The War Illustrated, No. 219, Vol. 9, November 9th 1945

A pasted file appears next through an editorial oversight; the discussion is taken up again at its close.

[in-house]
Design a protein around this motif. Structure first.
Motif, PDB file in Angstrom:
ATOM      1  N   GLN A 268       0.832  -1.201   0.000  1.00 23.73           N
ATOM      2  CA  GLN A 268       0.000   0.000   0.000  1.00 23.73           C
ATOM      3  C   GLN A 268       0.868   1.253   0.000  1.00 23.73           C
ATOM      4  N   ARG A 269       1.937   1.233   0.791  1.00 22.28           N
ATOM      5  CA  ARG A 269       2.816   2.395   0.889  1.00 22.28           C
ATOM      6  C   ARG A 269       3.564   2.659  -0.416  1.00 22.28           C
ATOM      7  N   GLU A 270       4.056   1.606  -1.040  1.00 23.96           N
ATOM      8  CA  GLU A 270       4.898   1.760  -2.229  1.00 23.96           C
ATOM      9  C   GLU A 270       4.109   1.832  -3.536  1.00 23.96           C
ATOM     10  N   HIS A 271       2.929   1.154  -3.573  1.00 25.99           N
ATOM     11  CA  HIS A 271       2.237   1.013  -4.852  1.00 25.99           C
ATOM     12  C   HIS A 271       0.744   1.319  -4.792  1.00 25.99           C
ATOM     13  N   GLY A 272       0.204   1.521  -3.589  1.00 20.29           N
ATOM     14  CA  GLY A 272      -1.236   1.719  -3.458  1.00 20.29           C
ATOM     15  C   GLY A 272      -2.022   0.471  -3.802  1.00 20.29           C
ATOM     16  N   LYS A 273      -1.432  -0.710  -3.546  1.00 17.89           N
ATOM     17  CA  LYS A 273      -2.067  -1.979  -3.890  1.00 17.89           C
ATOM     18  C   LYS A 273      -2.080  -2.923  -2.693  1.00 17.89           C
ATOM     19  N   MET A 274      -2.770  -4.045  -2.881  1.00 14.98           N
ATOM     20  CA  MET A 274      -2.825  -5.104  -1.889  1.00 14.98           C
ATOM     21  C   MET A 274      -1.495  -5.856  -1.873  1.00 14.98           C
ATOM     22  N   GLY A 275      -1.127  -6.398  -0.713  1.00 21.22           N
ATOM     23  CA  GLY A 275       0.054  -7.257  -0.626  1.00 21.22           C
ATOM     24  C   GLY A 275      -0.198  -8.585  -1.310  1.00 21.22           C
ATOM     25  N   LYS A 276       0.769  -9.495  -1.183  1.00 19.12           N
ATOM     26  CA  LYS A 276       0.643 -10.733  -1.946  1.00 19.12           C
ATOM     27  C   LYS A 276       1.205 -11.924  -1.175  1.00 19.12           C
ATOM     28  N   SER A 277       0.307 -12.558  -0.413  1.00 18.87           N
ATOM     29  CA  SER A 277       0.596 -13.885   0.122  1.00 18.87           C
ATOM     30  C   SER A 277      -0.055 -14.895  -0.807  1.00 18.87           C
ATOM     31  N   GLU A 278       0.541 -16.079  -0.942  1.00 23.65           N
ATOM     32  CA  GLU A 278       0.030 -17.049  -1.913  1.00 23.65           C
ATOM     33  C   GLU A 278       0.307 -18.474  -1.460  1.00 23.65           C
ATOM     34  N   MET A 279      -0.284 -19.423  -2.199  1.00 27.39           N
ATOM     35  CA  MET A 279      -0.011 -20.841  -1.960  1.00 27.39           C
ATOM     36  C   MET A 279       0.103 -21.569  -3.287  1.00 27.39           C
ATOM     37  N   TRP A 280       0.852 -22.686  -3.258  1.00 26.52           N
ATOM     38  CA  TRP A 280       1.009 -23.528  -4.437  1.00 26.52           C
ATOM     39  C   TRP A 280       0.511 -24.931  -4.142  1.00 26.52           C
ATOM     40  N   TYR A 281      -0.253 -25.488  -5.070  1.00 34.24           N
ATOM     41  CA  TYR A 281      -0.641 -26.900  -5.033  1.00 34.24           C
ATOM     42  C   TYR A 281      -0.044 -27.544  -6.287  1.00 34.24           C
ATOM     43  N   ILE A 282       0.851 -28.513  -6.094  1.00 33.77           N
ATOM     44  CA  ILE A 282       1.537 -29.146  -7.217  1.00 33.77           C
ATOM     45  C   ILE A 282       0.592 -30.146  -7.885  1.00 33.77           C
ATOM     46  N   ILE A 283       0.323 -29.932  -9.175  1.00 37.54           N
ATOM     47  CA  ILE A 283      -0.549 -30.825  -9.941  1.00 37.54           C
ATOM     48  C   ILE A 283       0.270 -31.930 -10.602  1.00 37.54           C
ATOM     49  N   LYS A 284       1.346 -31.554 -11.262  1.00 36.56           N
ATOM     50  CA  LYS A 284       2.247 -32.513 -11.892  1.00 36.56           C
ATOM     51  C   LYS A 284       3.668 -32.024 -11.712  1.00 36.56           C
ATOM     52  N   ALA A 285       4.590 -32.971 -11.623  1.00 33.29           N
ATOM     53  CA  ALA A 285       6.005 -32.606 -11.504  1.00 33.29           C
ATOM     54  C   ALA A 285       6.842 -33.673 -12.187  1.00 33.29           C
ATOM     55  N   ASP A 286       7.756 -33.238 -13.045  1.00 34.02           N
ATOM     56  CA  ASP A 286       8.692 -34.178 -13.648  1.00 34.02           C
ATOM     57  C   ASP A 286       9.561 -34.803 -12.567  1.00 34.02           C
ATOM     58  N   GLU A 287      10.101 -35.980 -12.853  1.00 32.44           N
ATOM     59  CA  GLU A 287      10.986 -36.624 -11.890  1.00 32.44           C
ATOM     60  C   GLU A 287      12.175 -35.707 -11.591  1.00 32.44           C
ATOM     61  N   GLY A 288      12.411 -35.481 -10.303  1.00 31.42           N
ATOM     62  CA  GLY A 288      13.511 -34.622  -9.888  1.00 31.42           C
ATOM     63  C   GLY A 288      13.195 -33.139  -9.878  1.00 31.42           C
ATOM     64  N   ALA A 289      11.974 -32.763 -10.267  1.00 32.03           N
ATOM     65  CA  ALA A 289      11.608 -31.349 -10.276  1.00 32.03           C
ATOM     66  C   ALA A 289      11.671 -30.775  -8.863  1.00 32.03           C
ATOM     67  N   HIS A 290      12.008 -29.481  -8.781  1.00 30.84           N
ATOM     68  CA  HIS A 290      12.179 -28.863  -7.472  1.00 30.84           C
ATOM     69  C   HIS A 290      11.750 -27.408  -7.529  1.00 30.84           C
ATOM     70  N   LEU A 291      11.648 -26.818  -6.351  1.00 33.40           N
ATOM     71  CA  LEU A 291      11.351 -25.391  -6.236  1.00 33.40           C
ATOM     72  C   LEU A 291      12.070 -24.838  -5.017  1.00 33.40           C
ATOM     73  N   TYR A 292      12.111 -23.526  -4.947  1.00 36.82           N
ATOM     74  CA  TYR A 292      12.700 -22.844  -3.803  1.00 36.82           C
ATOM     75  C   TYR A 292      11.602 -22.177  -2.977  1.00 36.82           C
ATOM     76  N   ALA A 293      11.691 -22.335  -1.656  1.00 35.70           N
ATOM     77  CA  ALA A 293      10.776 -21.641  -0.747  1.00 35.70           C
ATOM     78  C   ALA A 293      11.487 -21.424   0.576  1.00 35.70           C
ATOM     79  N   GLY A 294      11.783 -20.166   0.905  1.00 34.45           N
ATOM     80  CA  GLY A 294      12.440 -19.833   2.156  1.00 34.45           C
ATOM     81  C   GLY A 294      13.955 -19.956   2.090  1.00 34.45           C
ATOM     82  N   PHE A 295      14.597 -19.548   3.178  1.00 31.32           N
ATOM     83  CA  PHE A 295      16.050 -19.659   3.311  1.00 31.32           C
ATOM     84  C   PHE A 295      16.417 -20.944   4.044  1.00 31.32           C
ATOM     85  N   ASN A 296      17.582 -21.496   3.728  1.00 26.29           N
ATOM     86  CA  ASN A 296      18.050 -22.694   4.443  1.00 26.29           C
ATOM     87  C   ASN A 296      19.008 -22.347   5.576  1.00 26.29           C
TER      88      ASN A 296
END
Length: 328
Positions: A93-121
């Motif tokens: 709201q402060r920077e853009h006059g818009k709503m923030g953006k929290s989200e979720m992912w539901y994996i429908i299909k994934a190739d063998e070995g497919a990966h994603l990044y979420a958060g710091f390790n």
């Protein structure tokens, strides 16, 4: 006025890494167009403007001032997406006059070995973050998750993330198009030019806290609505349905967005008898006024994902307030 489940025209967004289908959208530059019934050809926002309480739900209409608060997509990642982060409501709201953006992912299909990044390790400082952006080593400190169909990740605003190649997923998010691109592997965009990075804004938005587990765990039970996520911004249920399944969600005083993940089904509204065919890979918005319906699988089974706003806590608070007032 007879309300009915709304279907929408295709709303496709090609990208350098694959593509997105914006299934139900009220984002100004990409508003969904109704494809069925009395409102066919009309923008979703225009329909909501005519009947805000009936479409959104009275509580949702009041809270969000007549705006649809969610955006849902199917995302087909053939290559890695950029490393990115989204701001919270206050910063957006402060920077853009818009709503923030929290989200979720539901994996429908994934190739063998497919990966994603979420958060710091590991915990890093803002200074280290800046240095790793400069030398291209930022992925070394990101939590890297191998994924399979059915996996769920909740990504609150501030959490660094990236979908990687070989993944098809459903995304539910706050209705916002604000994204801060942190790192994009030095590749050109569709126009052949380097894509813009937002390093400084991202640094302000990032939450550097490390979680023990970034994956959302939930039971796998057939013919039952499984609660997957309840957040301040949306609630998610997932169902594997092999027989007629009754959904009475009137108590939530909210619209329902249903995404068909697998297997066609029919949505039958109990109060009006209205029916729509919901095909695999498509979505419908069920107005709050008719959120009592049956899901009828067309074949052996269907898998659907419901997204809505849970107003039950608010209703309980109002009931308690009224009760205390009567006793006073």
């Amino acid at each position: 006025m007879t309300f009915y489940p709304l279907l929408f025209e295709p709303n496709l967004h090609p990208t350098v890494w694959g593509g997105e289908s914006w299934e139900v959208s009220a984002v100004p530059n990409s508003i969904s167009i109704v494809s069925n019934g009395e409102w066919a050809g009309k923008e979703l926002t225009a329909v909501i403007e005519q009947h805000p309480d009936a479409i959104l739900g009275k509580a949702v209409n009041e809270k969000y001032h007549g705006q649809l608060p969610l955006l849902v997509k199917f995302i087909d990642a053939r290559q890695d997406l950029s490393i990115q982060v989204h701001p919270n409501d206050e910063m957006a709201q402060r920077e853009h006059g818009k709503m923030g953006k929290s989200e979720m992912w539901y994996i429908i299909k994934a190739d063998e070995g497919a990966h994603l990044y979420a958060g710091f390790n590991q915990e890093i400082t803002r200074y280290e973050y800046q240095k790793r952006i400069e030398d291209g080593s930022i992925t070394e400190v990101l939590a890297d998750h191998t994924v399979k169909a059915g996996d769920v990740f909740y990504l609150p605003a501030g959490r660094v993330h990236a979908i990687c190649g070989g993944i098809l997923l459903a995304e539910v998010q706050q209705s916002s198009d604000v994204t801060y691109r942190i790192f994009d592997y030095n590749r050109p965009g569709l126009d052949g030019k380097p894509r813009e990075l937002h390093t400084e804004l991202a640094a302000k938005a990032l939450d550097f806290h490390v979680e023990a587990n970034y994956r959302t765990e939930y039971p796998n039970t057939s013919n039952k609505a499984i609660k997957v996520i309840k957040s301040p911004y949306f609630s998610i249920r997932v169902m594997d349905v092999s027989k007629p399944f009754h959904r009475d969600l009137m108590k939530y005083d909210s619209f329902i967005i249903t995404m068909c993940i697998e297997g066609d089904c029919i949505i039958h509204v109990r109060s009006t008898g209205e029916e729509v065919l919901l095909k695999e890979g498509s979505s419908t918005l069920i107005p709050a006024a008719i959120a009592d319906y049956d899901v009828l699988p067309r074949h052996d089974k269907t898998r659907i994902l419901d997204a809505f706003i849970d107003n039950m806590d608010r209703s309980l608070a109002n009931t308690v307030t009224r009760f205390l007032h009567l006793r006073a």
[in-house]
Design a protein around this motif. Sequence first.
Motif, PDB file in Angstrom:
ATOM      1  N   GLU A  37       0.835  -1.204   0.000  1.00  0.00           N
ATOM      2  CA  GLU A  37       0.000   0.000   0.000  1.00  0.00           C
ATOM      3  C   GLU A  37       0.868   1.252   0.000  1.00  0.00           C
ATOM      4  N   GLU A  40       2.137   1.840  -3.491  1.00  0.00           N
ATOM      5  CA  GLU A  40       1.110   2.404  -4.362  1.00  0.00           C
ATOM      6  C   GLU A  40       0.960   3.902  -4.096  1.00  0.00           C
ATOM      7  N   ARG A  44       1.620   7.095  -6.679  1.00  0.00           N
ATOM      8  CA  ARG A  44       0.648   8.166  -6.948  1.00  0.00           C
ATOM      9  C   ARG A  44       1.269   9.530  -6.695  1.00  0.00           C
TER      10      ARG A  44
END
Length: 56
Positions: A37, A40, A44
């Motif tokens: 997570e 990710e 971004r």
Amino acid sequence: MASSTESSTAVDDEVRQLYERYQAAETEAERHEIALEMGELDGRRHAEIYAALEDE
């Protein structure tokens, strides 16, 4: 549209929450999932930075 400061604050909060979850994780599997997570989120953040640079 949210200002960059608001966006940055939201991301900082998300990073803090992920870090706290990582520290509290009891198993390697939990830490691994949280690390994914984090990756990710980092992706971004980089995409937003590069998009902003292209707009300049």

This H o l hAs the Dakota swung in along the coast an echo from one’s pre-war conscious­ness suddenly returned. It is a beautiful sight, someone had reiterated, to fly low over the Dutch bulb farm sin the spring. But this was the autumn, this was the aftermath o f war, and staring down through the slits in the side o f the aircraft it was difficult to be sure which was the sea, which the land, flooded and ravaged when, a year ago, the dykes, which normally protect the island o f W alcheren, were busted wide open in three crucial places by the R.A .F. Did human beings really live here once ?Harvest their crops, give birth, grow old ?Somewhere beneath that apparently solid sheet o f water ?And then, as I peered more closely, my angle o f vision changed, and I seemed to be staring now into avast mirror, in which was reflected, not the outline o four aircraft, but the shape o f farmsteads, and whole village streets, submerged and crystal­lized beneath the flood. T fit makes an extraordinary picture from the air, it is equally unforgettable, though rather less spectacular, from the eye-level of the human beings who lost all their posses­sions last winter, and now huddle together, on the nearest dry land, refugees within their own little island kingdom. You find them Mat iddelburg, the beauty of whose famous town-hall has been only partially damaged by bombing, and in Vcre, where desperate efforts are now being made to stem one of the breaches in the dyke. In Vere I talked with a farmer who had nothing left but some photographs o f the considerable holding that had been in his family for generations. They invited us into their borrowed kitchen. The wife wore the traditional whitecap, her husband in his dark corduroys had a face that Hals would have delighted to paint. What is it that the younger boy peers at so eagerly in his brother’s hand ashe lounges by the door? A cigarette. And what is it in the centre of the table that the two little girls, with the prominent eyes o f the half-starved, stare at with such wonder? A tin o f cocoa. The farmer, Jacobus David Gideonse, was saying :“We do not hold any grudge against the British for the dyke. It was necessary.” It was necessary. I heard that phrase a hundred times during my visit. Even in The Hague, where there are large wastes of damage, caused by British bombing and again, in Arnhem ,where after the avalanche suddenly descended from the skies, and this pretty, harmless town became a battlefield, they had the bitterer aftermath o f seeing those of their houses which were still standing stripped and pillaged. I have been to Arnhem and seen whole roads o f houses without a st:ck o f furniture between them. Who Will Pay for Allied Damage ?So one began to understand what Total Occupation has meant for a country whose sufferings have been too little publicized, if that is the right word to use. One began to understand why there were so many gaps between the tramlines in Amsterdam —“last winter they tore up the woodblocks for fuel and the floors o f their houses, both here and in Rotterdam ,even the lavatory doors ”—and why, when we went to pickup a guide for a few hours, his small son clung to the car handle, and wept bitterly. The only cars the boy had known belonged to the enemy. If such a car arrived at your door and your father left with strangers, you never saw him again. But those were the only tears I witnessed. I heard no whining, no demanding, no expressions o f self-pity: I saw no holding out of hands, even for cigarettes. mid Need# MSy o p J >FREY W INN A S a gesture of admiration for our sorely tried Dutch wallies, j gladly reprint in “The War Illustrated ”this •brilliant article, slightly abridged, whose author generously gave all publishing rights to the Help Holland Council. W e have remitted a substantial sum to th iir Fund in recognition of Mr. G odfrey W inn’s action .—Editor. Just over the border into Germany much of the domestic loot was taken. It is still there today. And the Dutch ask naturally :when is it to be returned? That question and one other were constantly on their lips. Who is going to pay—especially for Allied damage ?For instance, that farmer at Vere asked, not unreasonably, from whom would he—and al! the others—receive compensation? “First they said the Germans would p a v then it was the British now 110 one seems to know .”Even Rusty Nails are Precious Tn any case, astronomical sums in a vague future mean less—so much less— than a ploughshare in your hand this very minute. The men are coming back from incarceration in Germany to find their families in districts near theM aas living in chicken-coops. They want to start rebuilding at once, and they are helpless because in whole villages the Ger­ mans have not left a single hammer behind. (On the waterfront at Rotterdam I watched a port official, with idle time on his hands, searching among the rusty rubble for nails.) While the dearth o fall agricultural instru­ments is so acute, film “galas ”arc held in aid o f the peasants. Admittance is with a novel coin. A tool. A spanner. A pair of pliers even. A rake. “Is soap, then, rationed in your country ?”(Their own ration, I discovered—after three years o f no soap at all— is for two months one half o f what we receive each month.) I got tired o f answering such questions, and exasperated, too, until I came to the realiza­tion that in the whole of Holland is not to be found a single English newspaper, review, or recently published book on sale. This, in contrast with Brussels and Paris, where the kiosks are piled high with news from England. Yet many more ordinary people in Holland speak our tongue and would like to think our way still, if they only knew what way it was. The new decree, recalling the old currency, was being received everywhere 1 went by all classes o f the community with satisfaction, and, indeed, acclamation. The honest will have nothing to fear, while those who sought greedily to benefit by the scarcities of Occupa­tion are struck off the pay-roll at last. It is thought that there will be many prosecutions but many more secret bonfires. "You can cleanup your currency, but that does not fill your shops with goods. I walked through the square at Breda, and was almost deceived by a giant cheese—a beauti­ful example of modern plastic art. Only the flowers are real, the flower shops piled with outsize blooms o f gladioli, and huge waxy dahlias, possessing all the colour that the pale ghosts o f passers-by lack. While the final irony was that the flowers were so cheap that everywhere we drove we saw them in the windows the wide windows o f thew orkm en’s dwellings, so attractively designed that you could not designate them slums, even down by the docks at Rotterdam ,even in Plarctstraat, where I spent an afternoon going from house to house with a young Red Cross doctor. One remembers the mother, just back from hospital—“ starvation made their limbs swell page 419 like dropsy ”my companion said— upholding her two babies to the open window and the sun. One remembers young Johan Peperzak at No. 55, dressed in a cut-down Canadian uniform ,complete with three stripes on the arm (but this w asn't a children’s fancy-dress party, this was his only suit) and most o fall, one will remember the family that lived 011 the ground floor at No 44. Today their living space is one room, because none o f the other floors are left. So what will they burn this winter ?What clothes will they wear when it is really cold, I thought, fascinated by the two little girls, in one corner, solemnly making dolls’ clothes of the last scraps, as clean as their own cotton- thin, m uch-patched dresses. A s though she could sense what was in one's mind, their mother, with a rough gesture, pulled them towards her, and showed us their bare chests. “You sec, no lice, no vermin,” she cried with passion and anger. “But they cannot togo school because they have no shoes, no coat. And my eldest daughter cannot take a place as servant, for the same reason.” In the ensuing silence my eyes went past the group to the table where, aloof and impersonal, stood yet another vase o f white gladioli. Outside in the street again, 1 reminded my companion o f the stack o f garments, col­lected by the Help Holland Council, that I had seen an hour before being sorted in a warehouse down by the blitzed docks. He explained that first the victims o f the Allied battlefields, the refugees from the far-off flooded areas must befitted outwith some­thing and when I was not altogether con­vinced, he added that so far, despite, all that voluntary organizations in Britain and America are doing, only ten percent o f the immediate help needed was being received. Cabbage and Thin Soup a Luxury Ten percent. That is a fact, checked and counterchecked. Here are some more. Last winter one bulb grower alone in Haarlem sold 2,500 tons o f bulbs, crocuses for coffee, daffodils and hyacinths for fodder, tulips for human beings. (“They taste alike sweet swede, and aren ’t bad if fried in fat, if there is any fat.” )In Amsterdam last Sunday, at the “best ”restaurant, our lunch consisted o f cabbage and a little thin soup. I am sorry I cannot offer you any salt, our host said, but I haven ’t the coupons. Auto­matically one looked down for apiece of bread to crumble that wasn’t thereA/T ci:r if u l l they old city has been spared much bombing, and its serene autumn loveliness was assuaging one’s stomach, when suddenly there came into view a sight that is all too common today in liberated countries. One more hotel turned into an Allied leave centre, and therein the window, guzzling away, were a frieze o f happy warriors, tack­ling the Sunday joint, piling their plates, and spreading several pats o f butter on their bread. 1 know now why from time to time respectable citizens long to throw a brick through the window. What must bethe feelings o f those who pass that way everyday and always lunch off cabbage !As you approached the Rijks, you saw them in a queue a quarter o f a mile long it seemed, waiting in their shabby Sunday best for their meal. At last there is space for another batch inside, and now, too tired to stand anymore, they flop down on the rows o f benches in the improvised gallery, whereon the walls all the Rem brandts in H olland—salvaged from their hiding-places in the sand-dunes—aie gathered together today for the first time under the same roof. It is good to have that as one’s final memory.